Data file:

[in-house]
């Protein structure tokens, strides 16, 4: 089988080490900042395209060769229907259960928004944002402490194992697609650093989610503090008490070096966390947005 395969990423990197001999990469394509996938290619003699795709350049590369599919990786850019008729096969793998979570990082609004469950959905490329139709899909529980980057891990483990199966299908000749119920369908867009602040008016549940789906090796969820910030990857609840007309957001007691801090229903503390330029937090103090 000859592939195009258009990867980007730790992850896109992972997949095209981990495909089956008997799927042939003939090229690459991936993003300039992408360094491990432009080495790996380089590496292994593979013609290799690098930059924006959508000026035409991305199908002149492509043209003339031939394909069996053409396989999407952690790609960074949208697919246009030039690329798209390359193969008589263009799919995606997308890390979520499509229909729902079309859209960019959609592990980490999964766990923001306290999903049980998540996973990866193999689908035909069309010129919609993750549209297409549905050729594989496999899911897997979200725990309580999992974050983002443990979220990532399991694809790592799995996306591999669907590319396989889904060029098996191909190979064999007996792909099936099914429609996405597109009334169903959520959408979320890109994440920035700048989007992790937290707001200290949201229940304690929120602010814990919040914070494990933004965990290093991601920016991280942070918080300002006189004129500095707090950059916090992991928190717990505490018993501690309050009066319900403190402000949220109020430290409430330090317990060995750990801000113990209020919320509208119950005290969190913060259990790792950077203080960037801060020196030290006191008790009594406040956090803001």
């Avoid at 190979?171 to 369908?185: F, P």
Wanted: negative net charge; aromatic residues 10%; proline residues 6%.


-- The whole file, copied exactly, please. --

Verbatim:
[in-house]
């Protein structure tokens, strides 16, 4: 089988080490900042395209060769229907259960928004944002402490194992697609650093989610503090008490070096966390947005 395969990423990197001999990469394509996938290619003699795709350049590369599919990786850019008729096969793998979570990082609004469950959905490329139709899909529980980057891990483990199966299908000749119920369908867009602040008016549940789906090796969820910030990857609840007309957001007691801090229903503390330029937090103090 000859592939195009258009990867980007730790992850896109992972997949095209981990495909089956008997799927042939003939090229690459991936993003300039992408360094491990432009080495790996380089590496292994593979013609290799690098930059924006959508000026035409991305199908002149492509043209003339031939394909069996053409396989999407952690790609960074949208697919246009030039690329798209390359193969008589263009799919995606997308890390979520499509229909729902079309859209960019959609592990980490999964766990923001306290999903049980998540996973990866193999689908035909069309010129919609993750549209297409549905050729594989496999899911897997979200725990309580999992974050983002443990979220990532399991694809790592799995996306591999669907590319396989889904060029098996191909190979064999007996792909099936099914429609996405597109009334169903959520959408979320890109994440920035700048989007992790937290707001200290949201229940304690929120602010814990919040914070494990933004965990290093991601920016991280942070918080300002006189004129500095707090950059916090992991928190717990505490018993501690309050009066319900403190402000949220109020430290409430330090317990060995750990801000113990209020919320509208119950005290969190913060259990790792950077203080960037801060020196030290006191008790009594406040956090803001």
């Avoid at 190979?171 to 369908?185: F, P």
Wanted: negative net charge; aromatic residues 10%; proline residues 6%.